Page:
Some elaborate conspiracies have been passed around about the big private foundations that are paying for the MLPAI process. Martin finds some of these claims interesting but says the real energy comes from a local dislike for the power of outside money.
"There are some real questions about this private money ... It's the undue influence that really upsets people, the ability of the money to dominate local interests and overpower local input," he said.
Martin, who has been involved in the process in other areas, confesses to feeling overmatched when sitting across the table with attorneys, scientists and trained spokespersons, all paid to be there.
He said locals who make their living from the ocean, such as party boat captains, marine business owners and commercial fishermen, have a very difficult time attending meetings for free to argue with people being paid to be there.
The MLPAI, the Ocean Conservancy and the survey firm Ecotrust are among those to employ representatives, and all are new to the ocean issue on the Mendocino Coast. None participated in the recent wave energy or oil drilling matters. In fact, neither of those activities would be impacted if new protected areas were established.
"When some of the local conservationists learned the MLPAI doesn't really apply to huge ocean-industrial projects like wave energy, they decided they couldn't support it," said Martin.
Follow the money
So, who is behind MLPAI?
I learned that the Resources Legacy Fund Foundation (RLFF), a rather secretive money trust, is the key force. The RLFF has been a major player in creating new parks, easements and other nature deals and ballot initiatives but never brags about it.
RLFF has never been the main feature of a news article, as far as I could find and as far as Amy Thoma of Wilson-Miller Communications knows. Emails this reporter sent to the RLFF requesting an interview with one or more key RLFF personnel were forwarded to her public relations firm.
"RLFF has no role in the policy-making aspect of the MLPA. The private contributions to this state effort and the roles of (state agencies) and the Resources Legacy Fund Foundation are defined in a memorandum of understanding that separates the source of the funds from the rulemaking process," Thoma said.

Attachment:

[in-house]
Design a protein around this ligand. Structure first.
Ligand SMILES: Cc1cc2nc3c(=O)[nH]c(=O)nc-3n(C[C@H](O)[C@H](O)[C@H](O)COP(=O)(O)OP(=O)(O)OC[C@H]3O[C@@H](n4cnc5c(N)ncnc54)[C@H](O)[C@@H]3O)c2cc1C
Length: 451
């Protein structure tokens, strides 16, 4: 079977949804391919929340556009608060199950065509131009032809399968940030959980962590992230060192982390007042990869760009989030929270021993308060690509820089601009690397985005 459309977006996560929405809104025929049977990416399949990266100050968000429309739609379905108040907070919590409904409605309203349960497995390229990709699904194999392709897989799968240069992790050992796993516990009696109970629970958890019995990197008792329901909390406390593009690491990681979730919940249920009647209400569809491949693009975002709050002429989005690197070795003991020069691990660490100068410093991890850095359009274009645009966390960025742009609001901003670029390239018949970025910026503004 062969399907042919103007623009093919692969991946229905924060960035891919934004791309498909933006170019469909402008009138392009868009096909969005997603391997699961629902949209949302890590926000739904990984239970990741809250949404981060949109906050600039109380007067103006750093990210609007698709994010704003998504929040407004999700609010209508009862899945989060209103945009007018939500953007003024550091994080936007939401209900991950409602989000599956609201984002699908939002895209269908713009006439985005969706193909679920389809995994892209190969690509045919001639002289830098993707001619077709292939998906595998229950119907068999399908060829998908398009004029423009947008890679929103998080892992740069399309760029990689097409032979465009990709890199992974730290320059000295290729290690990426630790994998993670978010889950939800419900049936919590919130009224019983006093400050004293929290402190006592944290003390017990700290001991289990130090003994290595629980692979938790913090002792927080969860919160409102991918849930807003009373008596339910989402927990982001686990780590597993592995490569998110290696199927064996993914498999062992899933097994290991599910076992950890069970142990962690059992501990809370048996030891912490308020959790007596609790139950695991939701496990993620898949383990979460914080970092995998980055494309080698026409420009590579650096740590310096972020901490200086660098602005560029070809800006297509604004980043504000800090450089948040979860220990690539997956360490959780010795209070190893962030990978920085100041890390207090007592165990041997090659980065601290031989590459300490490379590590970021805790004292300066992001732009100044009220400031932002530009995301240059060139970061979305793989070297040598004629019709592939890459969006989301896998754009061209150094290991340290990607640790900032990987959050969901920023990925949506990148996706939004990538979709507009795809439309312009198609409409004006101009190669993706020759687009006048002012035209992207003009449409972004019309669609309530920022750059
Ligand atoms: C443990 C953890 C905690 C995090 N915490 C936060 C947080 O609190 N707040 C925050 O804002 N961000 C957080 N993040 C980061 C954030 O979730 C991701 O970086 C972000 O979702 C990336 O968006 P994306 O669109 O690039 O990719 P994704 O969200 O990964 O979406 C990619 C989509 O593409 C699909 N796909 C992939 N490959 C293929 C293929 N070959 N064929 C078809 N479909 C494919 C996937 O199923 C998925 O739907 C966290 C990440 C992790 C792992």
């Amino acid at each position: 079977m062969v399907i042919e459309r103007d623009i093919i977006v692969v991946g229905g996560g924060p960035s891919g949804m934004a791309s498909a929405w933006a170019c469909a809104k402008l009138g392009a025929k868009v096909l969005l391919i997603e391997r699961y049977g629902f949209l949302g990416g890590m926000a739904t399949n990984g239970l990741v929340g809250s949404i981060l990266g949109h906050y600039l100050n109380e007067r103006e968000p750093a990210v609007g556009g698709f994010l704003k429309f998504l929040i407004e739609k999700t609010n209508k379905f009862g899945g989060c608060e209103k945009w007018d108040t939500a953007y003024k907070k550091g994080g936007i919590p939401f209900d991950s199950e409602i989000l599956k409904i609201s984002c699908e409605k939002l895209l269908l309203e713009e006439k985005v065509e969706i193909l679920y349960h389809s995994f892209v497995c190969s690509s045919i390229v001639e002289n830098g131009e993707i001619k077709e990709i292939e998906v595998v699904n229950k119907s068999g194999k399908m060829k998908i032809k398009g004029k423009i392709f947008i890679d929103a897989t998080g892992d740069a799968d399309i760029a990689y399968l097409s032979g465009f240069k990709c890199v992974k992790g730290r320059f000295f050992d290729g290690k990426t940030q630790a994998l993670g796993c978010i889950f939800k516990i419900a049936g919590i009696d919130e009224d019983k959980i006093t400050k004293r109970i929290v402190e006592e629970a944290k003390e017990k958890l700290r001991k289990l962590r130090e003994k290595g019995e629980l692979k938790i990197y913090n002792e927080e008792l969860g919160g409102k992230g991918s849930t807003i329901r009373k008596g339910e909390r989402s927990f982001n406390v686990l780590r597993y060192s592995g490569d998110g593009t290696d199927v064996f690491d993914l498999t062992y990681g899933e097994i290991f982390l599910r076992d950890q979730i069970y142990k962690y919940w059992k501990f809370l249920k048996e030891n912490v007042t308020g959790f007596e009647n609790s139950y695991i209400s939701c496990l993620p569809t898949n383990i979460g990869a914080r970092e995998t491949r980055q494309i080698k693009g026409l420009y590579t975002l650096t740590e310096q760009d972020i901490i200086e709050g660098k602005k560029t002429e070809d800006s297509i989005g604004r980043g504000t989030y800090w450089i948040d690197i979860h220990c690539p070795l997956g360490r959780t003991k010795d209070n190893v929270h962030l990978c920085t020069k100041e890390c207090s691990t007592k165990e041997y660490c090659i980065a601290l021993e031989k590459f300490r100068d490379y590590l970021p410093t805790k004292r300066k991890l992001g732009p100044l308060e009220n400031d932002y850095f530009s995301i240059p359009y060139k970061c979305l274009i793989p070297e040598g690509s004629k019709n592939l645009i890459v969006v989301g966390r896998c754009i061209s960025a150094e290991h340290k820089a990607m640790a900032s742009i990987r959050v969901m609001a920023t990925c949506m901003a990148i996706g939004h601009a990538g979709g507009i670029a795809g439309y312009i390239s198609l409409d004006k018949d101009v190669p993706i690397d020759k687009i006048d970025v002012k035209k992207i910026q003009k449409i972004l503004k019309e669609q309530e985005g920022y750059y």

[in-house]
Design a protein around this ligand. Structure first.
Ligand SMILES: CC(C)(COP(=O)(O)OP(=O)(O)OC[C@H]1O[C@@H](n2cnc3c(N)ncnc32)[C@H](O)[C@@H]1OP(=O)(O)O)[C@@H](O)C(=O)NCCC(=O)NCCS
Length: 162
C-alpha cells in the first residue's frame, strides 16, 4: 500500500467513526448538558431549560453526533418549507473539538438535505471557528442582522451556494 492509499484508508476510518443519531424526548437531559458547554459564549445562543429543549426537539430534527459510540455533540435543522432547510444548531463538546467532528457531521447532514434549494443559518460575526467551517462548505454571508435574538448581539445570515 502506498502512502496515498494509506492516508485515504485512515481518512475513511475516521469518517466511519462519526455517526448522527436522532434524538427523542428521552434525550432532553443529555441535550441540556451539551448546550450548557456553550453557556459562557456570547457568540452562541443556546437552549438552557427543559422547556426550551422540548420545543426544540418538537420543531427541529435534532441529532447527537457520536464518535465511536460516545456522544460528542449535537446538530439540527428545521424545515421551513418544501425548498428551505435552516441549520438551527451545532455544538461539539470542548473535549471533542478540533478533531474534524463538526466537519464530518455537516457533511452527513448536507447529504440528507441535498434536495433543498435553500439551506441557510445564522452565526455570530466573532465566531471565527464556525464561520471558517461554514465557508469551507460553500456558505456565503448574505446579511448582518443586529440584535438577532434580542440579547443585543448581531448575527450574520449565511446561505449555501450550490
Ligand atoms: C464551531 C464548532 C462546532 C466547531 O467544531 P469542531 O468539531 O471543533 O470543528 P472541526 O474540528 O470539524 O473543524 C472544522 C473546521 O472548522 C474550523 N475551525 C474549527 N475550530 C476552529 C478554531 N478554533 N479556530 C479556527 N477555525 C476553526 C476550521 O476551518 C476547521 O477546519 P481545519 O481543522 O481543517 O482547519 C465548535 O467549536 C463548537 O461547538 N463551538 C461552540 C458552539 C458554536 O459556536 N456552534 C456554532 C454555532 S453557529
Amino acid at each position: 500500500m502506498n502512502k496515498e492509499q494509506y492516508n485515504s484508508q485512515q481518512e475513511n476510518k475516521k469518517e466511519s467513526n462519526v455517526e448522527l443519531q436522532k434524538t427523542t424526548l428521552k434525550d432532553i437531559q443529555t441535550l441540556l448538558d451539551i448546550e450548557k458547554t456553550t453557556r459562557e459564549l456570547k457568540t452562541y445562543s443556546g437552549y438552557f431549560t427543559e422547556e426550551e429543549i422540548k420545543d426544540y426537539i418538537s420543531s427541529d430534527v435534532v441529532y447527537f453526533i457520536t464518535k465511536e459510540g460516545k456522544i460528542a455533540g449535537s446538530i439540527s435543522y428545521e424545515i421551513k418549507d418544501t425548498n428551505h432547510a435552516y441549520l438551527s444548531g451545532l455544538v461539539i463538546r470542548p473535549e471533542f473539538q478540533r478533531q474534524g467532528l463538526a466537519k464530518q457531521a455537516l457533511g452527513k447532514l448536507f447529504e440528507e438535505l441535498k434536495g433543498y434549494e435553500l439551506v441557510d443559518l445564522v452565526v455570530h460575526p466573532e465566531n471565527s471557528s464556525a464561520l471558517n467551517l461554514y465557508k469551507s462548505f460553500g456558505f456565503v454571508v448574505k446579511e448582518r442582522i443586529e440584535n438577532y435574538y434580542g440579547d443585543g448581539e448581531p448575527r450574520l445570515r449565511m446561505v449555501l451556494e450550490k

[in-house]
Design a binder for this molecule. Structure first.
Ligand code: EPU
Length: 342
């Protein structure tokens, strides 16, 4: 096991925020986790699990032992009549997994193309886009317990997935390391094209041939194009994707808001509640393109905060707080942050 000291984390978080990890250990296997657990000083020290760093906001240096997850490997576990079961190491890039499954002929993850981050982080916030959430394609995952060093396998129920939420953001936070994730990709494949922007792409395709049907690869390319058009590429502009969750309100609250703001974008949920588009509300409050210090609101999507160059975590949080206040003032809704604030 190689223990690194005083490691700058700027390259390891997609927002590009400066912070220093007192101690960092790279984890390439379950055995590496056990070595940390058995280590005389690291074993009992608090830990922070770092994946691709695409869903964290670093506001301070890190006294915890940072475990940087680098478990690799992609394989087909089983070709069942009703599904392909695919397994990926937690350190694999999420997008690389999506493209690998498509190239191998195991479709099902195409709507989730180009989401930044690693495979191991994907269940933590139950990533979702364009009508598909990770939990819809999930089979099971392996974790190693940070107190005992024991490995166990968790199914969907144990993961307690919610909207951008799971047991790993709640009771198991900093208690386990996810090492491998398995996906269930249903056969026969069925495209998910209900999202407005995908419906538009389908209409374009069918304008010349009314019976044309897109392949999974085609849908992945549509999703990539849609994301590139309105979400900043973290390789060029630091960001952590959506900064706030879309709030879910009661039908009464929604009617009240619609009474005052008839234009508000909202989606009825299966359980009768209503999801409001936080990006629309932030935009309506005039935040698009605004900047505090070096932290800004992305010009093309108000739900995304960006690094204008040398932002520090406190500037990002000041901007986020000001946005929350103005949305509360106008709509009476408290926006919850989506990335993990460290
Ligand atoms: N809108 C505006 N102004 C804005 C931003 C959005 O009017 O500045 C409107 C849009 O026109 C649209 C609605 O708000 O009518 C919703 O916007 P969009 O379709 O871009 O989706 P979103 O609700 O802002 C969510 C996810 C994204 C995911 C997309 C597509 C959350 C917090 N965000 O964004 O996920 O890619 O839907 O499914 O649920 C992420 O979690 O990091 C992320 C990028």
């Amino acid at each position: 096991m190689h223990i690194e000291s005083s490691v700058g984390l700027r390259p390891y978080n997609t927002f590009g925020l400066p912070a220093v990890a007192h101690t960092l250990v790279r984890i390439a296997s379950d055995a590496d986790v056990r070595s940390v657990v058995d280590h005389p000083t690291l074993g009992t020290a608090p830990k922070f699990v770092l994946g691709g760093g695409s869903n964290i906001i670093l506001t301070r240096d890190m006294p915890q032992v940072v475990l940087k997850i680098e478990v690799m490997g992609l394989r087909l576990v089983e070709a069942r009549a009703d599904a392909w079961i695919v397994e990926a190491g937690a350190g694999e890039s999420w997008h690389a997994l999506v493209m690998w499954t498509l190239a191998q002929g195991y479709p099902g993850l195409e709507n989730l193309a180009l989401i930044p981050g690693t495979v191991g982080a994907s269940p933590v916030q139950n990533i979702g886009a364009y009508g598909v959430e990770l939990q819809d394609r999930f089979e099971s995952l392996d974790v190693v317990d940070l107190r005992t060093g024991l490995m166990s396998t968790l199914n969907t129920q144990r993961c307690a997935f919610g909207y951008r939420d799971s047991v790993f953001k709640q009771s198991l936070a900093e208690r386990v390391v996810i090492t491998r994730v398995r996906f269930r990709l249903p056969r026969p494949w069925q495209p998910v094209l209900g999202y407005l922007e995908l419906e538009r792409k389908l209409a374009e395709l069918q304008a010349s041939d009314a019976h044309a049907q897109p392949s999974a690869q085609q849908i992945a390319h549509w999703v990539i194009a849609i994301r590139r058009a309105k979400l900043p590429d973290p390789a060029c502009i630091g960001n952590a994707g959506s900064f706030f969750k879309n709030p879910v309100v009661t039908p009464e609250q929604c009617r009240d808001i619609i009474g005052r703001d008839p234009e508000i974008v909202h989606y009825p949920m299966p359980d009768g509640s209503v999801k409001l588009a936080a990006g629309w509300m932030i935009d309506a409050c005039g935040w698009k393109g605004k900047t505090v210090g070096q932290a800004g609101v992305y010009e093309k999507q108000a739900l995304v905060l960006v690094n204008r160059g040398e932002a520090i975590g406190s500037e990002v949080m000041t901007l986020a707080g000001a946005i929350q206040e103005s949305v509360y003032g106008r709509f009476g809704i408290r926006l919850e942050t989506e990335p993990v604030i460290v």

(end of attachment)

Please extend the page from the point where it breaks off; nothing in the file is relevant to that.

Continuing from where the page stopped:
The memorandum of understanding between RLFF and state agencies was created during former governor Gray Davis' administration when it was clear the state had no money to implement the Marine Life Protection Act of 1999 and needed private help.
The website at www.resourceslegacyfund.org has lots of general information, including basic biographies of RLFF board members and Executive Director Michael R. Eaton. All have experience with major corporations, law firms, and banks and also with public-private nature partnerships. The website has tax returns and financial statements too, but does not describe a central vision, provide details of how decisions are made, or boast the accomplishments of the $81 million fund.
The RLFF website says this low profile is intentional.
"They say they take the low profile so their funders can get all the credit. But in this case the Packard Foundation has been taking a pretty big hit," said Martin.
Thoma said all the funders are charitable foundations.
Fish and Game Commissioner Michael Sutton has been challenged over alleged conflicts of interest regarding the Marine Life Protection Act because of his ties to the Monterey Bay Aquarium, where he works, and the Packard Foundation, where he once was an officer. The Packard Foundation is one of the major contributors to the RLFF.
After two failures by the state, the RLFF took over the fund-raising process for implementing the Marine Life Protection Act. The foundations helped create the Marine Life Protection Act Initiative, a privately-funded organization that is now implementing that state law locally.
But what could possibly be wrong with private foundations dedicated to ocean preservation doing ocean preservation?